With a title ironically derived from a European poem (The Second Coming by W.B. Yeats), Things Fall Apart chronicles the adult life and exploits of Okonkwo, a member of the Igbo tribe who rose from humble beginnings to become a simultaneously respected and feared farmer and warrior. Okonkwo's fervent adherence to tribal customs of manliness and his tendency to conform stem from his desire to retain all that he worked hard for and now holds. To ensure that his legacy will live on, Okonkwo instills these values in his eldest son Nwoye by any means possible, even through abuse and alienation. The first major part of the story is an exhibition and explanation of various tribal customs, and describes Okonkwo's role in the special events and daily occurrences of life. Extremely detailed accounts of tribal processes in practically all aspects of life, from cooking to farming to law are given by Achebe. These descriptions are interesting to readers like me who have never been able to acquire much information about African culture, yet I was not able to relate or even sympathize with any of the characters. Okonkwo is the protagonist, but is a misogynist and narrow minded savage who is only able to command the respect and admiration of those around him through fear and violence. Other characters are either colorless and do not possess personalities that appeal to readers. Extremely simple language makes the novel far too easy to read, and makes the themes of the novel too obvious for readers.

What I despised most about this book was its sudden transition from relative calm to swift and destructive action following Okonkwo's accidental shooting of another tribe member. Okonkwo is punished by being exiled from his village and sent to live in his mother's village for seven years. Upon his return, Okonkwo finds his world turned upside down by the British settlers and their lifestyles, which contradict all of his values that he cannot compromise on, leading to his suicide. It is this overly quick change from an exposition of sorts to an actual plot that completely derails the reader and damages the novel. I feel that this novel fails to provide an adequate link between the two stages of the story, and that the two parts should have been completely separated into two different books. Only the second half the novel seems to have any actual plot, which proceeds too rapidly and without much explanation of the facts. The novel ends with an anticlimax, just as much of the book itself is sobering and disappointing, but this conclusion suits the story well and provides an appropriate ending situation for a novel on imperialism.

The amount of description of objects and scenes in this novel was remarkably vivid, as well as its explanation of tribal culture. Another aspect of the book that I enjoyed was that it provided interesting accounts of tribe life and the effects of imperialism on Africa. These qualities, however, pale in comparison to the bland and poorly structured story that Achebe has created, and the unappealing and cold characters that populate the novel. Critics have referred to Things Fall Apart as the quintessential African novel. This novel, however, has given me a poor image of African literature, and deserves to be read only by those who have the time required for progressing through its simpe language and unappealing plot.
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on December 2, 2015
I know this is considered a very important novel as it is the first to come out of Africa. However, it read like a myth to me, I found it boring,
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on November 16, 2015
Very confusing and depressing
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on July 31, 2013
This book takes a few ideas from the 7 habits and drags on and on for hundreds of pages.

I'm not convinced that Covery necessarily even wrote the book. The specific time tracking sheets are not useful, or even reflect a well designed system at all... I'd refer readers to Getting Things Done and Zen To Done as far as creating a system, and studying agile to really get the system on overdrive.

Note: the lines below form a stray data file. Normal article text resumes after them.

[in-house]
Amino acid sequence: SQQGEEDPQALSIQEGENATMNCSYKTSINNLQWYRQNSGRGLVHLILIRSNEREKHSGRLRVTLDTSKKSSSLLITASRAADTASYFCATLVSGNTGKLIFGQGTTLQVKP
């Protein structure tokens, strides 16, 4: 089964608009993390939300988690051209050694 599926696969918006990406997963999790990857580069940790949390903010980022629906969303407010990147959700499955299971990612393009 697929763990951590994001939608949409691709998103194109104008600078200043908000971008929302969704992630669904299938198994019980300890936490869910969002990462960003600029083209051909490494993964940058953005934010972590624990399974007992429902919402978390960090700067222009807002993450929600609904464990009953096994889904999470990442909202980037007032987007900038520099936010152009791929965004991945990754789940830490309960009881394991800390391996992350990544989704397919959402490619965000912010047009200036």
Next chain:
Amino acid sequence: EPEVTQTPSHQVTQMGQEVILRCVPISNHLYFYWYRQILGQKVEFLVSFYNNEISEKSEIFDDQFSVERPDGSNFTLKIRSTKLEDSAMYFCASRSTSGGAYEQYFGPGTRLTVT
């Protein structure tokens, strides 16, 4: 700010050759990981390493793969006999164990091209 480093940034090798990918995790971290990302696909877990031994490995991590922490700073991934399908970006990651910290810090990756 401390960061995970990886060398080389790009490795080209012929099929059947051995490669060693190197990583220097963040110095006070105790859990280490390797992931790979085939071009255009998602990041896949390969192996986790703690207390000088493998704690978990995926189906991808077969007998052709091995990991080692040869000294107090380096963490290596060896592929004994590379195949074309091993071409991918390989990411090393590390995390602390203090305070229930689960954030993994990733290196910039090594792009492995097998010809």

I simply don't understand the other reviews for this book. I took away almost nothing useful from it, especially after reading 7 habits. This is filled with beginner level material.

I'd get into specifics, but there was so much fluff, that nothing even stands out, and it's not worth my time to flip through the book and cite examples. Seriously very bad book, don't be fooled by other reviews.
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on June 14, 2014
I would call this book bland, but that would be giving it too much credit.

Dropping the reader in an environment that they have no previous knowledge of is kind of like dropping a two year old into the ocean: unless you give them something to hold onto (a likable or relatable protagonist being the life raft in this metaphor), someone is going to drown (and you're not going to get invited to any more fishing trips). Instead of a relatable or even admirable main character, Achebe gives us a 2000lb anchor in the form of Okonkueu. Instead of learning about the virtues of pre-colonial African culture alongside great characters, you will learn to hate everything about this loathsome ego-maniac over the course of the book. He has no redeeming factors, and grows more loathsome over time, alienating family members, emasculating his son, and attacking and killing innocent people. You will long for the days when he was just prideful. And when the Christian Missionaries show up the reader is expected to hate them even though they preach love, offered education, reached out to the village outcasts, took little from the tribe, and saved "undesirable" babies from the brush (these babies were put there by the characters that we were supposed to be rooting for) . This book is not a tragedy, because that implies that "the bad guys " win or an admirable character was killed. As far as I'm concerned, the good guys won and the characters who beat their wives and left babies to die either learned better or were killed off. If I didn't know who the author was, I would have thought this was a propaganda piece, created by someone who wanted to promote "the white man's burden" and ensure everyone that imperialism is for the best. As a history lesson, I guess this book is alright. It's peppered with interesting African proverbs and traditions, but you would be much better off doing your own research. Doing so would mean that you would avoid this steaming pile of a story.

Avoid this book at all cost unless you've got a thing for domestic violence and yams.
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on February 28, 2015
I got this book because i was very impressed with the authors book called 7 habits of highly effective people....although that book was impressive this one is a waist of time and money.
Its long, boring and repeating the same thing again and again.... nothing original and i really had to force myself to even get to half of the book.
It seems the author simply wanted to use his fame to write another book...what a shame